Chapel Sermon - Sunday 28 February

Doing the most loving thing...

Chad Varah, the Samaritans and a woman caught in the act of adultery
Sunday 28 February 2016
The Revd David Johnson

Sometimes being open to other people, and to respond creatively, to have one good idea is enough to define a lifetime and to change the world.

I just want to say a few words this morning about one of my personal heroes: a very unconventional Church of England priest called Chad Varah. He lived from 1911 to 2007.

As a young clergyman in 1935, he conducted the funeral for a young girl who had taken her own life. She had started her periods and did not know what was happening to her. Such things were not talked about she thought she had caught some terrible sexual disease. There was no-one she could turn to and so she committed suicide. Chad Varah said these words "Little girl, I didn't know you, but you have changed the rest of my life for good." He was a pioneer of sex education and the difference it can make to be informed and to talk about things that people might otherwise not speak about.

He became aware that in the greater London area of the time there were three suicides each day and he began to encourage people to come in to speak with him. There were volunteer helpers who made tea and talked to people who were waiting to see him but more and more often, just the experience and to talk to one of these volunteers seemed to be enough. Chad Varah realised that what people needed was not to receive advice but just to be listened to without judgement.

In 1953 he founded the organisation that became the Samaritans who provide support, especially over the telephone, for all those who are distressed and have no-one to turn to. It is not a Christian organisation. It exists to allow people to be listened to without fear of judgement or opinion.

It was this one insight and the creative response that came from it that has given help to countless millions of people. If at any point in your life you needed to turn to them they would be an uncritical source of support.

Chad Varah’s daughter, speaking about her father, said that “on every moral and ethical question, his response was ‘What would Jesus Christ have done?’”

And that really is at the heart of how we should think about all of the problems that we have ‘What would Jesus have done?’ Or to put it another way, ‘What would be the most loving thing to do in this situation?’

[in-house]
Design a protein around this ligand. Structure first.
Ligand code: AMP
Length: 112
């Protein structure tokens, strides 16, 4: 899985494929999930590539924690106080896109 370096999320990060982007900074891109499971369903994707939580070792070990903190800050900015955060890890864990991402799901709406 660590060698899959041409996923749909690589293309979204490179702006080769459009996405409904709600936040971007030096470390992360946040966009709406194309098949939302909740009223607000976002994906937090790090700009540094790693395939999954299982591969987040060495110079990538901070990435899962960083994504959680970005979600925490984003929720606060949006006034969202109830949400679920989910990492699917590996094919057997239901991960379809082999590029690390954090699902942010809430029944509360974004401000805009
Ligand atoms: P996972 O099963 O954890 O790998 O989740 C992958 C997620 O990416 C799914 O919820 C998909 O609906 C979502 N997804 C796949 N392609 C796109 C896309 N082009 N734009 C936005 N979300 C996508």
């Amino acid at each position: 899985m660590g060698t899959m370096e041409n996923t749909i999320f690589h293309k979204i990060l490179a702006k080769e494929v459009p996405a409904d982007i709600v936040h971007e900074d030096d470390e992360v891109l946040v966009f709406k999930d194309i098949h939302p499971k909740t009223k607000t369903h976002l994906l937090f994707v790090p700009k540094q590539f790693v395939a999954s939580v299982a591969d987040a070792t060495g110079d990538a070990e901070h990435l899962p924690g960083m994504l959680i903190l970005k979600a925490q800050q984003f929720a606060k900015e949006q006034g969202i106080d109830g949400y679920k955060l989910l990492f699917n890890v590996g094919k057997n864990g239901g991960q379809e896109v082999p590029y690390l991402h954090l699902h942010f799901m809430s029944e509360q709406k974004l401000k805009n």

It is too easy to think that the right answer to everything in life is found by finding a rule to obey, doing what someone else tells us to do, or weighing up and calculating what will make us or the majority of people happiest. And whilst even religions seem to have their fair share of rules, none of these ways: rules, obedience and moral calculations, are the way of love or the way that Jesus lived.

What makes the way of Jesus difficult for some people is that he does not make rules for people to follow and nowhere is this more difficult than in perhaps the most difficult subject of human behaviour, the whole area of sex and relationships. This is just about the only occasion that we have and it is found in chapter 8 of John’s gospel:

Early in the morning [Jesus] came again to the temple. All the people came to him and he sat down and began to teach them. 3The scribes and the Pharisees brought a woman who had been caught in adultery; and making her stand before all of them, 4they said to him, ‘Teacher, this woman was caught in the very act of committing adultery. 5Now in the law Moses commanded us to stone such women. Now what do you say?’ 6They said this to test him, so that they might have some charge to bring against him. Jesus bent down and wrote with his finger on the ground. 7When they kept on questioning him, he straightened up and said to them, ‘Let anyone among you who is without sin be the first to throw a stone at her.’ 8And once again he bent down and wrote on the ground.* 9When they heard it, they went away, one by one, beginning with the elders; and Jesus was left alone with the woman standing before him. 10Jesus straightened up and said to her, ‘Woman, where are they? Has no one condemned you?’ 11She said, ‘No one, sir.’* And Jesus said, ‘Neither do I condemn you. Go your way, and from now on do not sin again.’